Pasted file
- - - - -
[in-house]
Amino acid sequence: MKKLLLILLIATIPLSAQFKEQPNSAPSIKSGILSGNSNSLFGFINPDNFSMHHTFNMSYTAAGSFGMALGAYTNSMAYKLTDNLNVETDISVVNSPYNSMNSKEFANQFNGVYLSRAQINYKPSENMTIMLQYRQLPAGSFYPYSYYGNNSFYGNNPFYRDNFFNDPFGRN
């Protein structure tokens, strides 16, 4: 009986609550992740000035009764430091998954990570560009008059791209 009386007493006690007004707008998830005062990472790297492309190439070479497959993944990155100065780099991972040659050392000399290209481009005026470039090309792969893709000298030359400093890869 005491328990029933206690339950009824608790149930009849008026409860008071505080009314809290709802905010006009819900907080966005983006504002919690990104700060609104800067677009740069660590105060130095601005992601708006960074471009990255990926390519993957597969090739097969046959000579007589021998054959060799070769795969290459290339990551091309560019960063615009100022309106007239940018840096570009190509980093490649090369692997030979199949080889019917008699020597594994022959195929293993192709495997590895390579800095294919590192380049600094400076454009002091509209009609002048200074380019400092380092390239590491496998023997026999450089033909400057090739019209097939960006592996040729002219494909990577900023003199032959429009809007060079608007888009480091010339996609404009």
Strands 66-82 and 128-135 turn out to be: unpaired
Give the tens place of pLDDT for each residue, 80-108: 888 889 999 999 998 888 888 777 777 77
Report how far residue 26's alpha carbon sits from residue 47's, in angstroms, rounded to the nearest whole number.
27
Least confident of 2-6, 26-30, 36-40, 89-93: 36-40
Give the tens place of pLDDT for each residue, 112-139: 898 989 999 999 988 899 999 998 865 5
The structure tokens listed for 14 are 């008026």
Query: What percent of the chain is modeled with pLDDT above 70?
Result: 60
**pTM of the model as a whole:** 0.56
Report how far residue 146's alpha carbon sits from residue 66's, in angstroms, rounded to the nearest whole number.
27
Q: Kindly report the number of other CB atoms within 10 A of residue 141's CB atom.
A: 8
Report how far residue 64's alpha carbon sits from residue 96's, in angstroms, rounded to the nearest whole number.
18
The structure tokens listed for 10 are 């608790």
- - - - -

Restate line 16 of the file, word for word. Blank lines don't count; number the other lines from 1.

Q: Kindly report the number of other CB atoms within 10 A of residue 141's CB atom.